“We never imagined a future where customers had 500 buttons in their home,” said Daniel Rausch, an Amazon vice president. “We imagined a future where the home was taking care of itself, including replenishing everyday items that customers would rather not worry about.”
That future has arrived.
How can manufacturers pivot to direct fulfilment?
Remember the refrigerator example I mentioned earlier? Instead of outfitting new models with a replacement indicator light, the manufacturer instead should build in a device that automatically orders branded, certified water filters.
In the case of Whirlpool refrigerators, the indicator light in question doesn’t even automatically resetwhen the filter is replaced, which is both hilarious and maddening. The company also recommends using Certified Genuine Parts, but users can’t directly order certified filters through Whirlpool’s website and must visit a third-party site. It makes you wonder if Whirlpool even likes making money or cares about customer satisfaction.
The chip technology to move to a direct fulfilment model isn’t prohibitively expensive for companies like Whirlpool, and can be done to scale. So why haven’t manufacturers gotten their act together to cut out the middleman?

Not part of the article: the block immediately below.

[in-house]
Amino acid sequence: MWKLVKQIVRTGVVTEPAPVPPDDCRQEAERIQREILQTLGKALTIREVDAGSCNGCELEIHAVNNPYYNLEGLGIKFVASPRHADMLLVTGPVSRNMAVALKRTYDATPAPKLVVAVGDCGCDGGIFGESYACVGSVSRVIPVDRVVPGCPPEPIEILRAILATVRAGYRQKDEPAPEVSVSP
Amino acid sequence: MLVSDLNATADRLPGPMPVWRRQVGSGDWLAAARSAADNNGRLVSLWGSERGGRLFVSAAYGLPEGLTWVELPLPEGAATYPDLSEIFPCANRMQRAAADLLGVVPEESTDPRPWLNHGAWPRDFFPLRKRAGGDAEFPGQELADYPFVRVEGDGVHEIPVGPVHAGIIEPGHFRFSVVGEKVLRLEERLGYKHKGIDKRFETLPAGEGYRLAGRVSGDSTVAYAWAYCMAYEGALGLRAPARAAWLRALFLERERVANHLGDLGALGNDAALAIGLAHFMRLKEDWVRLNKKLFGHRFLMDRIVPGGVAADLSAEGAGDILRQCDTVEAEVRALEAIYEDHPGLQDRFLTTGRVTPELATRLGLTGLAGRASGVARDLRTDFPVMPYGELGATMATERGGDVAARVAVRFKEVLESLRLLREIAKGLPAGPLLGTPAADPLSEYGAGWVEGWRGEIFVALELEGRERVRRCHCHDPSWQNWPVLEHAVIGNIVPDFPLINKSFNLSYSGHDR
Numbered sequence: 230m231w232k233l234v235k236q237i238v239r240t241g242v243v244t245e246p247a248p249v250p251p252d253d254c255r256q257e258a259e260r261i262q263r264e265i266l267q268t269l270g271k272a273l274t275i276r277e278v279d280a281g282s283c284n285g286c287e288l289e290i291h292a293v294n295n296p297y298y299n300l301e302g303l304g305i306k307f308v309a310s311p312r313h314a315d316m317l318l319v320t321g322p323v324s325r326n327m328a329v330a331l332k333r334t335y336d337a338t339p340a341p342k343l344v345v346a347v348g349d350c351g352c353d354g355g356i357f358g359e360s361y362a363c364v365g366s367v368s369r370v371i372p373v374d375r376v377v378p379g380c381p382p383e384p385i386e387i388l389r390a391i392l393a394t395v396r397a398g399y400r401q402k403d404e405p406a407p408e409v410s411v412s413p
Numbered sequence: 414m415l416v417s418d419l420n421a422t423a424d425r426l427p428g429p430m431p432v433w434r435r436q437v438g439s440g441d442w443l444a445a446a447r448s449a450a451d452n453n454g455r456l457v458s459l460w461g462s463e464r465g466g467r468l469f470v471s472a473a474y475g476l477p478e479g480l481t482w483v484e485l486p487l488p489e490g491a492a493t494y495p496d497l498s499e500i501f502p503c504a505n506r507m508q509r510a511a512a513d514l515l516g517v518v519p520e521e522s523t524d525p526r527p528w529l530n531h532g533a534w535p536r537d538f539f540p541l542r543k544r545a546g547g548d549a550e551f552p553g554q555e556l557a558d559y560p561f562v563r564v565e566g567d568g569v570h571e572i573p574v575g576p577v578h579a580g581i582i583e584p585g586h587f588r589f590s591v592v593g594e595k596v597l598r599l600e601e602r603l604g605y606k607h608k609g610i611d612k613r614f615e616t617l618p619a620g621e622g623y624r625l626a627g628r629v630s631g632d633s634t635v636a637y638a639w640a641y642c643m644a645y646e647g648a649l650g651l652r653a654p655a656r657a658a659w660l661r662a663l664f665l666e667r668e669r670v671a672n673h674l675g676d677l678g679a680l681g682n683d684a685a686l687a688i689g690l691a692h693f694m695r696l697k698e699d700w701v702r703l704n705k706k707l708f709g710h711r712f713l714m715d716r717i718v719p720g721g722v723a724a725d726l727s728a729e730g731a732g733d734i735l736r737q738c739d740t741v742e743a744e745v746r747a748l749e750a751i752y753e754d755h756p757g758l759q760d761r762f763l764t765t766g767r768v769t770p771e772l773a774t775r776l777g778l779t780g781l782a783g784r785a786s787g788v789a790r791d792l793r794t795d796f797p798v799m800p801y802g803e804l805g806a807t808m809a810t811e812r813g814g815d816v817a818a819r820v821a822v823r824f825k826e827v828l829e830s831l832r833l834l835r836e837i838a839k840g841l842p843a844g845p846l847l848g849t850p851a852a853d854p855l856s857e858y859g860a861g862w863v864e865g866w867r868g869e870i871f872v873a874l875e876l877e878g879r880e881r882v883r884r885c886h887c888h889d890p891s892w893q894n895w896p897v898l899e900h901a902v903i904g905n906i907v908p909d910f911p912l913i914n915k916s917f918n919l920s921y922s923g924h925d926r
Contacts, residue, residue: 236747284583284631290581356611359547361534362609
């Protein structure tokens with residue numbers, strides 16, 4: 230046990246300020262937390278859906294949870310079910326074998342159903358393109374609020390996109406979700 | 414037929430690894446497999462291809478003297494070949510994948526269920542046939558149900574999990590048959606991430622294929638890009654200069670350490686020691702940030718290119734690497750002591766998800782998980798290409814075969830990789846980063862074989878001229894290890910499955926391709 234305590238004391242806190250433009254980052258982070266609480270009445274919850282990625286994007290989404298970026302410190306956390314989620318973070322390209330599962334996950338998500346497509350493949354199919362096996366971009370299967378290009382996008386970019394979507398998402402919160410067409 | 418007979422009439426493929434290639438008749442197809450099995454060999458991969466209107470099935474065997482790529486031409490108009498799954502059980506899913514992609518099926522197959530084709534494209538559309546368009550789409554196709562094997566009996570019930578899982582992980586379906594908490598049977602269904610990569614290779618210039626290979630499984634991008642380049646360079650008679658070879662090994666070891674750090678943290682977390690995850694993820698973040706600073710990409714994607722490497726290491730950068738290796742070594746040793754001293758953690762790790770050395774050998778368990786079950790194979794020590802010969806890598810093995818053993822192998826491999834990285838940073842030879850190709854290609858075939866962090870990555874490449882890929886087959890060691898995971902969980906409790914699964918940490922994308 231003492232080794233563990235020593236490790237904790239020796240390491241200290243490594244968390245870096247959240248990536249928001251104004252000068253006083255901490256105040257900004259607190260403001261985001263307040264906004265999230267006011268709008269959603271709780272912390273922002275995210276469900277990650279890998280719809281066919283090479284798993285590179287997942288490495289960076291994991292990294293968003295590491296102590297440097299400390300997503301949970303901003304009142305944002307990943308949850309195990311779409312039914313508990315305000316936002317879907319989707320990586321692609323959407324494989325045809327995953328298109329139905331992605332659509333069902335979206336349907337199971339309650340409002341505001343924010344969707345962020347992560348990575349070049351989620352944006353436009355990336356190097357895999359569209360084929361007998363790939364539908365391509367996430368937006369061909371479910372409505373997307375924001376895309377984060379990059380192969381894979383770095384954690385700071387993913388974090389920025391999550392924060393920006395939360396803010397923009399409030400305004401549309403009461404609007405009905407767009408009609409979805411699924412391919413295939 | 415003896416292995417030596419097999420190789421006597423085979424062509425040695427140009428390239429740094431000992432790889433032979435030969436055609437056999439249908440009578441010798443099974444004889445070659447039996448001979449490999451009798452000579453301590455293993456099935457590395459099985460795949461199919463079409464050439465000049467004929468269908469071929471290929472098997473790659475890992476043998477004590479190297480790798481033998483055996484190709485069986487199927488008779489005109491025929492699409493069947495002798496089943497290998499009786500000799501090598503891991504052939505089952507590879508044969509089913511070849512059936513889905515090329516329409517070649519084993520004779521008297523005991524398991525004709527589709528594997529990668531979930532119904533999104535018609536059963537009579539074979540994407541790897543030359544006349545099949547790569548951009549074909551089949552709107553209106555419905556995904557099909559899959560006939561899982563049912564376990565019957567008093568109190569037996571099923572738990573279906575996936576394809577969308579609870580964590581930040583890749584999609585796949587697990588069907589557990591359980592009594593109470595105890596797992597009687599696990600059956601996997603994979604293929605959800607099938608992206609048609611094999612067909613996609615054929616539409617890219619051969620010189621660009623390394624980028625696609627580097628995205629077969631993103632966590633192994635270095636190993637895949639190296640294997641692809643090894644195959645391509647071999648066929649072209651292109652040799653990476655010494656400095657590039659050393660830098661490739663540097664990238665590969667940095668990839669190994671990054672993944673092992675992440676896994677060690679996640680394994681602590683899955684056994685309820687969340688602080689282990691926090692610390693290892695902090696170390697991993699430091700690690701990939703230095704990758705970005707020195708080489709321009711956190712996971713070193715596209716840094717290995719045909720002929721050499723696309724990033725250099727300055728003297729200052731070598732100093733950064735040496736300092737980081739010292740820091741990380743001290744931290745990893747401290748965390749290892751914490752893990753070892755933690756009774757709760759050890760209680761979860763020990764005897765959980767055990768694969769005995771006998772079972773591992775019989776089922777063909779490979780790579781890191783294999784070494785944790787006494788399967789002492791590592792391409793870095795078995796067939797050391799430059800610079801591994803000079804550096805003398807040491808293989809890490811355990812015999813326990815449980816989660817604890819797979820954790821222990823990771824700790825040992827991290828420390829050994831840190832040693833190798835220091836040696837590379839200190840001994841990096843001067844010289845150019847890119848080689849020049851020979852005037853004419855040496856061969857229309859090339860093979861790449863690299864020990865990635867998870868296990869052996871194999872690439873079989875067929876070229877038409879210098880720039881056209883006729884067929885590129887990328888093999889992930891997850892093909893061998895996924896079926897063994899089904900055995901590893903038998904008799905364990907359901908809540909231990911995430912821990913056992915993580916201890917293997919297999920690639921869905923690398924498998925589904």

The issue comes down to change management. Manufacturers need to realize that while the old way of selling products has been successful, they will be left in the dust unless they pivot to a new sales model before direct-to-consumer sellers gain a stranglehold on the IoT ordering market.
Manufacturers should frame a direct-to-consumer model as the natural next step to remain competitive and relevant. While planning for direct fulfilment, the following considerations will be critical to success:
- Budget —Where do you need to shift money from current investments? Will you need additional capital?
- Distribution —Many companies likely haven’t worried about moving product directly, and will need to consult outside help. Will your company partner with a distributor instead?
- Hiring — Your new workforce will need to include not just distributors, but a new category of engineers. Companies need the knowledge to write the new chip software that self-orders replacement parts. Do you already have that expertise on staff?
- Data —Your IoT-connected product will gather loads of data. How will you use it? Will you sell it to third parties?
The most important consideration for manufacturers when moving to a direct-to-consumer model: frictionless fulfilment. In 2018, frictionless became the expectation, from mobile Starbucks preorders to checkout-free Amazon stores. There’s no reason every brand touchpoint shouldn’t be the same.
Today more than ever before, customers will seek alternatives if they don’t receive a seamless brand experience. And after all your hard work, their money still ends up in the pocket of a third-party vendor. That’s probably not your goal — unless you’re Whirlpool, that is.